Taking vacation isn’t just a stress buster. Using paid time off boosts the economy as well.
BY LYDIA DISHMAN
Here’s a sad reality: U.S. workers earned an average of 21.9 vacation days last year, up a full day from 2014. Yet despite accruing more paid time off, more than half (55%) left their time on the table, according to Project: Time Off’s new report, The State of American Vacation.
Researchers polled 5,600 working adults about their vacation habits and discovered that in total, the number of days wasted in 2015 was 658 million. That’s a full week less that workers were accustomed to taking 15 years ago. For those whose unused vacation days don’t roll over into the next year, a whopping 222 million days were lost.
The researchers write that beginning in 2000:
Vacation usage fell below that long-term average, setting off a steady decline that has stubbornly continued ever since. While there have been occasional time-off upticks since then, they later proved to be anomalies rather than a reversal of the inexorable, downward trend.
THE HIDDEN COST OF UNUSED VACATION TIME
In a surprising twist, the reluctance to take paid time off doesn’t correspond to economic trends or consumer confidence. In analysis of Bureau of Labor Statistics data on vacation usage and unemployment, the report shows that in years with the highest number of people out of work (1982 and 2010), Americans were still taking advantage of vacation.
In 1982, workers used an average of 20.9 vacation days a year, and in 2010, when unemployment reached 9.6%, Americans took an average of 17.6 days off a year. By contrast, in 2015, the percentage of people without jobs reduced to 5.3%, yet the vacation time taken shrunk to an average of 16.2 days a year.
“By giving up this time off, Americans are effectively volunteering hundreds of millions of days of free work for their employers, which results in $61.4 billion in forfeited benefits.”
The irony is that these unused vacation days impacts the economy in ways we may not be aware of. “By giving up this time off, Americans are effectively volunteering hundreds of millions of days of free work for their employers,” the researchers write, “which results in $61.4 billion in forfeited benefits.”
Beyond that, they estimate that those days had the potential to inject $223 billion to the U.S. economy.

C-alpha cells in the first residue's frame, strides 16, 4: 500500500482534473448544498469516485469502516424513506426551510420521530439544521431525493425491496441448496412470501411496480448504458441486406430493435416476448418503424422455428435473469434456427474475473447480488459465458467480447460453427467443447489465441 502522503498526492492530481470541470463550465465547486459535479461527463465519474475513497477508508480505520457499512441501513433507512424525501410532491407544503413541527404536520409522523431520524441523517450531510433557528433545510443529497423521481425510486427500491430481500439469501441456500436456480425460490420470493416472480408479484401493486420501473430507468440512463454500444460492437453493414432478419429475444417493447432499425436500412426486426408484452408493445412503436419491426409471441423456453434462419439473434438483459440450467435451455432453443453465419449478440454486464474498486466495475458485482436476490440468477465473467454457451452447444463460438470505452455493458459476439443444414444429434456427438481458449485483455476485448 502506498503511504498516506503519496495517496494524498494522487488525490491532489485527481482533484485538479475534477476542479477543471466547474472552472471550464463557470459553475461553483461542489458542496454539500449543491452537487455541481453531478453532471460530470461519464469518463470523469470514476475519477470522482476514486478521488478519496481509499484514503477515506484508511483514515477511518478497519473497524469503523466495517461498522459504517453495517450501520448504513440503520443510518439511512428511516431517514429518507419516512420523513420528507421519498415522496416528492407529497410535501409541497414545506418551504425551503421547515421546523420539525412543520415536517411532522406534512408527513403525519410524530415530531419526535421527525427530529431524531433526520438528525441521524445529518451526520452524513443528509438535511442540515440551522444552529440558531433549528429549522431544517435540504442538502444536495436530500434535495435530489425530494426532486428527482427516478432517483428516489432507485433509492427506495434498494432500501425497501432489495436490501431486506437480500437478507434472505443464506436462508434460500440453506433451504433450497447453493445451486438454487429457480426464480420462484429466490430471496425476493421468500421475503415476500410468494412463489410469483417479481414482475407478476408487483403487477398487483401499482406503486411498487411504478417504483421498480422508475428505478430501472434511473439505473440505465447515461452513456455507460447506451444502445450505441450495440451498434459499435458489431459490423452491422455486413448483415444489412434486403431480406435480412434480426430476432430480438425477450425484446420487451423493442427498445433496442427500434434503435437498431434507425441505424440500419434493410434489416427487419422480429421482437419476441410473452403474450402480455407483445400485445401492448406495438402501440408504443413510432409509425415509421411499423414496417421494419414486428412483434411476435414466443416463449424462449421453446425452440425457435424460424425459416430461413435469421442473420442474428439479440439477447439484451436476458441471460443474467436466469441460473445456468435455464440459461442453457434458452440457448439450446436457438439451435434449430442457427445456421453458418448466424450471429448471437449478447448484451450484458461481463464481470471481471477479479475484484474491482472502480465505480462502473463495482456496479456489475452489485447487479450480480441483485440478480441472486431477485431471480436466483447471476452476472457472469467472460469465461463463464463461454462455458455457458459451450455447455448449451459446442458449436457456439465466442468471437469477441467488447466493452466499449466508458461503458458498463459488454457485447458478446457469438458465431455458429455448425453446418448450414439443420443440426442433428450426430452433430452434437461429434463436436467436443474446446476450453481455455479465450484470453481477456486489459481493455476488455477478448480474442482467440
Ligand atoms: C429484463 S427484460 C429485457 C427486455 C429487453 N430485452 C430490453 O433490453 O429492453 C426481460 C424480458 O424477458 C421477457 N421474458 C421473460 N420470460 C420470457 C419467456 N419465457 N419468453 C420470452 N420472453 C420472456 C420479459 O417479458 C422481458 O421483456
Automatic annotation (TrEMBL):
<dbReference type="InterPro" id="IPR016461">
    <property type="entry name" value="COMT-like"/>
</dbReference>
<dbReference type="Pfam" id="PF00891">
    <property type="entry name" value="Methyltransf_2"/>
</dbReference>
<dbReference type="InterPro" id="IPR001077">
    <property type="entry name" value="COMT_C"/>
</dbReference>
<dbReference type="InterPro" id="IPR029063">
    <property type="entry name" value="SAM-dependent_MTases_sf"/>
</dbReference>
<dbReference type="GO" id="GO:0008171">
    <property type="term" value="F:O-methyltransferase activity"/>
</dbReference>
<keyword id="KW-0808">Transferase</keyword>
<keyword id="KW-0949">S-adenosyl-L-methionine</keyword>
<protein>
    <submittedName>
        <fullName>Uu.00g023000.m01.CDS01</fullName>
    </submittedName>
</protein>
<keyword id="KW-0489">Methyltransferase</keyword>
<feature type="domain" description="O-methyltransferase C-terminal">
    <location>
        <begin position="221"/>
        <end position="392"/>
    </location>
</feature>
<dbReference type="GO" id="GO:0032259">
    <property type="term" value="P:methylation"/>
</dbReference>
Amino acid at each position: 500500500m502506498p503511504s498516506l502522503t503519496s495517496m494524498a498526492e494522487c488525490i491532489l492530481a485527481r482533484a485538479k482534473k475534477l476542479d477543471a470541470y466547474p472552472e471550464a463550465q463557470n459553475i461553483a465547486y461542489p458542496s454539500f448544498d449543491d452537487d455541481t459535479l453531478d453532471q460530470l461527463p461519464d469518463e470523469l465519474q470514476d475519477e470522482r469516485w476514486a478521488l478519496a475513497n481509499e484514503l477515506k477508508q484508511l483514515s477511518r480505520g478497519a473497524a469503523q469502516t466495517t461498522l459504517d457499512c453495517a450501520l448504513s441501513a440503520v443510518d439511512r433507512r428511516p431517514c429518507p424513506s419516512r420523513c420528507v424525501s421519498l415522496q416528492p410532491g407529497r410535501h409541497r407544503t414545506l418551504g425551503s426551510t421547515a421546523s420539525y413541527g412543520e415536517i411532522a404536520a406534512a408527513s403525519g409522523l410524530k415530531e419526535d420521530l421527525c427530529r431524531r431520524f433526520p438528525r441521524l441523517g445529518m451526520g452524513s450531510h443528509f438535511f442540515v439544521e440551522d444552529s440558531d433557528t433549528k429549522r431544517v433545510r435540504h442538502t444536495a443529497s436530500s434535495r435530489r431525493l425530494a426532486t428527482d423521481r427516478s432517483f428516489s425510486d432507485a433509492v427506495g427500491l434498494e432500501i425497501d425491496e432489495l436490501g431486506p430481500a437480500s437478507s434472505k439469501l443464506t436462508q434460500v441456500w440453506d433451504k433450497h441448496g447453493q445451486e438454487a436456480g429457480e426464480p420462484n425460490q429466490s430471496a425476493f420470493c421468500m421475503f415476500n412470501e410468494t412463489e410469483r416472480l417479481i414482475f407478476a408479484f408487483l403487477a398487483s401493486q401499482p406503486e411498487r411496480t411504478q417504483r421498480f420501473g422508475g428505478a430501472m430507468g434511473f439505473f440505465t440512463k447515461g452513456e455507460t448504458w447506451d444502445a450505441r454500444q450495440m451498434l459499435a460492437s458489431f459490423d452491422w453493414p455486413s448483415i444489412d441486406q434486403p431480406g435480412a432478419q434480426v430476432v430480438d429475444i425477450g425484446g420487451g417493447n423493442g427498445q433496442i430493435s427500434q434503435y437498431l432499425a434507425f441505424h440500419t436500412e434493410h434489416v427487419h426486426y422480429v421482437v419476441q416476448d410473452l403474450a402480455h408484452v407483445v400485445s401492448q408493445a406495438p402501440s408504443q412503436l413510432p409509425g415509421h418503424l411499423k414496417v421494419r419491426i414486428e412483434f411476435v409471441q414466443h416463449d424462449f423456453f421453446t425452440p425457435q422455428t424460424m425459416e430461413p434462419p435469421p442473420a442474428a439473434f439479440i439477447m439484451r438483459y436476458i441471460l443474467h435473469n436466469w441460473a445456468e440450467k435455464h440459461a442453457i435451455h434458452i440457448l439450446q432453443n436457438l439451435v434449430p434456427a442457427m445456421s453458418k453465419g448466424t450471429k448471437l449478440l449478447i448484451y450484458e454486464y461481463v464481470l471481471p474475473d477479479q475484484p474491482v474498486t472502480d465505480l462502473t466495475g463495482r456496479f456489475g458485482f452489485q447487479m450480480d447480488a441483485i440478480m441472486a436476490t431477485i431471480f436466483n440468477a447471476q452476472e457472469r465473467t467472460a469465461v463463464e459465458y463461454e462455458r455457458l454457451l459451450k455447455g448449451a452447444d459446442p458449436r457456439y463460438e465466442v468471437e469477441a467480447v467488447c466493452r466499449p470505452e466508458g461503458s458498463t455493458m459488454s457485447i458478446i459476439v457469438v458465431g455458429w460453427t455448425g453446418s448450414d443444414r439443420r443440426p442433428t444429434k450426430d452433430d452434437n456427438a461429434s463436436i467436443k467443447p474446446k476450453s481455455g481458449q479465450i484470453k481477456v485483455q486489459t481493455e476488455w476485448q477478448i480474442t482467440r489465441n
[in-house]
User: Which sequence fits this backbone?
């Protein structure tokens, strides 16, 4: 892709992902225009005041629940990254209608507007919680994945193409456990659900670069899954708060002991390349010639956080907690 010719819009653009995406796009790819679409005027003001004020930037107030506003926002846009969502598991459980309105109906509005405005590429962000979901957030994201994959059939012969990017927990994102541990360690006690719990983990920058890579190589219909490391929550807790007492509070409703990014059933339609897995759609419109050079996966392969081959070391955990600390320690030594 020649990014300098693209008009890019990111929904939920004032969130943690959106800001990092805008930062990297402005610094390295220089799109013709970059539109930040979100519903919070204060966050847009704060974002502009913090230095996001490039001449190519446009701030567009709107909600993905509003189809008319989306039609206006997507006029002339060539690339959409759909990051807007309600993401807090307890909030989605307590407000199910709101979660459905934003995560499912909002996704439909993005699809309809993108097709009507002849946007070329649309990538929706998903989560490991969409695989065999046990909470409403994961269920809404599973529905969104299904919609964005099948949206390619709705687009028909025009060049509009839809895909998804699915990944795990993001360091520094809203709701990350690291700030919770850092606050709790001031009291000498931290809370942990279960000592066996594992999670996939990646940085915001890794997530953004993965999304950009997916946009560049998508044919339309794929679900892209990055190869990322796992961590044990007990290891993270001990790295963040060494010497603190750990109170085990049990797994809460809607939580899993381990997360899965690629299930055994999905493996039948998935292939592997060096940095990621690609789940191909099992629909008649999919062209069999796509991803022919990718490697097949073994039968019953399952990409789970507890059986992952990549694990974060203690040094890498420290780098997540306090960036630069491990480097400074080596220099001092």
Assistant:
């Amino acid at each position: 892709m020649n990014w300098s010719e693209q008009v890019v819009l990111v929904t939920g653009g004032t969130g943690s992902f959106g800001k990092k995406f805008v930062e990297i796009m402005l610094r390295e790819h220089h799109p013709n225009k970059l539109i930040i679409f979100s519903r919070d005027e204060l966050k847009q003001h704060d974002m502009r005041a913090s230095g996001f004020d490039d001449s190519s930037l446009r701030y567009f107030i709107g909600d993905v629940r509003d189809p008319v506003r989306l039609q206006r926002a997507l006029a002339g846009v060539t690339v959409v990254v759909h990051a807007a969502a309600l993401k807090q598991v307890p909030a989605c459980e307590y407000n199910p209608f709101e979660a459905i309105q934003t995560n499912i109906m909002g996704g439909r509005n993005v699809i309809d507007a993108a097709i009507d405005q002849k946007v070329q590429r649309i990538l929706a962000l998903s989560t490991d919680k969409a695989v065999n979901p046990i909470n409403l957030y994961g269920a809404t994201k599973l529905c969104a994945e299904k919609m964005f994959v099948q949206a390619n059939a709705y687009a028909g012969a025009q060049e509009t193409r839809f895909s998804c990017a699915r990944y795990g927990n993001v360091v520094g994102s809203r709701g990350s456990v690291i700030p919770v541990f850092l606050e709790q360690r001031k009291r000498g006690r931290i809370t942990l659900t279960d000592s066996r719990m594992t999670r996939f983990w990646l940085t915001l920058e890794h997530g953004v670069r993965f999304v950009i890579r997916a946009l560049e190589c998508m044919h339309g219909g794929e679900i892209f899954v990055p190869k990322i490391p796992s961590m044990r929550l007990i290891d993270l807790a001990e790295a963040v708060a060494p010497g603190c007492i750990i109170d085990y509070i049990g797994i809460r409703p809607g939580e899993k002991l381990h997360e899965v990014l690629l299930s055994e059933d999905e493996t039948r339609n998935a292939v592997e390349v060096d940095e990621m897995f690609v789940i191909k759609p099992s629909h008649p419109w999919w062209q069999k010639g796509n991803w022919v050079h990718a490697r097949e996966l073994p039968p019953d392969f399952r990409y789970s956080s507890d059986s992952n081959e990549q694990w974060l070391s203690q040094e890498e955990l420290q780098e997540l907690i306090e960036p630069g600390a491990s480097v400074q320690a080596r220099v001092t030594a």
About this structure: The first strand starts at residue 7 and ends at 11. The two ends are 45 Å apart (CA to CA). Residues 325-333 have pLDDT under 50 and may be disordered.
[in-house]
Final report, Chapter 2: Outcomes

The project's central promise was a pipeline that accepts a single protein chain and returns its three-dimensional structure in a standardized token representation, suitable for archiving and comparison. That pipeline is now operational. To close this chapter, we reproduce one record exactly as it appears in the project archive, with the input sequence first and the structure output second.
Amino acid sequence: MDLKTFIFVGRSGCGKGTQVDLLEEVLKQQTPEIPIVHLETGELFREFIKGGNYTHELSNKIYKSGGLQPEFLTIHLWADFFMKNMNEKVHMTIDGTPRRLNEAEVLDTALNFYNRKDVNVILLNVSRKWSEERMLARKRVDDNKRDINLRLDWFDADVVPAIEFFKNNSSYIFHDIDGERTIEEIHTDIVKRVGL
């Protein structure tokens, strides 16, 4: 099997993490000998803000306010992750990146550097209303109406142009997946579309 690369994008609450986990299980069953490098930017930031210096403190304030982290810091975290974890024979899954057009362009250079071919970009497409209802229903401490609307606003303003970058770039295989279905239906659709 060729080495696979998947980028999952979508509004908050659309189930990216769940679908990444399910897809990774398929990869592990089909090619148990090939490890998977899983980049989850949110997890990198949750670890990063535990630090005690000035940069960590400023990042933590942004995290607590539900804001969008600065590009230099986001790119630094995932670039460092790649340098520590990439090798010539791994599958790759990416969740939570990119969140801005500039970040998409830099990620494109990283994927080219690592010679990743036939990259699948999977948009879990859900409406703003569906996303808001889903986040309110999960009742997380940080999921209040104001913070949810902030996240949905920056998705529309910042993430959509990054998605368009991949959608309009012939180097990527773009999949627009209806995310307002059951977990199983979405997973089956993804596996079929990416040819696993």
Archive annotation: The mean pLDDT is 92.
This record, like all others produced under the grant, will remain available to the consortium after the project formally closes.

They break it down this way: Handling the demand created by people taking those days off would require creating 1.6 million more jobs. This, in turn, results in additional income for those workers of $65 billion. The researchers estimate that even using one more day would add $34 billion in spending to our economy.
Polling respondents reveal that workers with the best intentions don’t make good on their desire to take vacation. Comparing last year’s responses about workers’ intent to use their time off didn’t square with the reality. The researchers found that if American workers made good on their intentions to take vacation, it could have boosted the economy by $64.5 billion.
A NATION OF WORKAHOLICS
The reason we are becoming a nation of workaholics isn’t just due to 24/7 connectivity, courtesy of our mobile devices. According to a recent survey of nearly 9,700 full-time workers, EY, the global assurance, tax, transaction, and advisory services firm, found that one-third of employees report that managing their personal and professional lives has become more difficult. Those surveyed reported working more hours in the last five years, especially as they increased responsibilities at work (moving into management) and at home (caring for family).
Even using one more day would add $34 billion in spending to our economy.
This squares with some of the results of Project: Time Off’s report. The managers surveyed said they believed it was harder for them to take time off. Nearly half (47%) were afraid of returning to a backlog of work, as compared to 37% of employees who reported the same. It was the same for self-imposed pressure to check in when they did take time away. Forty-five percent of managers said they felt responsible for checking in, as opposed to just 24% of non-management employees.
Part of this has to do with personal validation, according to Leslie Perlow, a professor with Harvard Business School. “The more you respond, the more people email you, and so there’s very positive reinforcement,” she told Fast Company in a previous interview.
On the flip side, employees overwhelmingly believe that their workplaces don’t support taking vacation. They reported that their bosses had the biggest influence on their decision to take time off, more so than family.
Project: Time Off’s researchers found, “Silence in the workplace remains a major issue, with nearly two-thirds (65%) of employees reporting that they hear nothing, mixed messages, or discouraging messages about taking time off.”
“Nearly two-thirds (65%) of employees report that they hear nothing, mixed messages, or discouraging messages about taking time off.”
Even those companies that offer unlimited vacation have to encourage their staff to use their paid time off. Startups such as Buffer and Evernote have resorted to paying employees $1,000 if they took a vacation of at least one week.
The report did conclude on a positive note, as the researchers believe that vacation isn’t going to go extinct. They noted that planning a vacation in advance led to better follow-through and using more of the time available to take off. Further, planning was responsible for a mood boost. Workers who planned their vacations resulted in increased happiness across nine factors, including professional success, financial situation, and their company.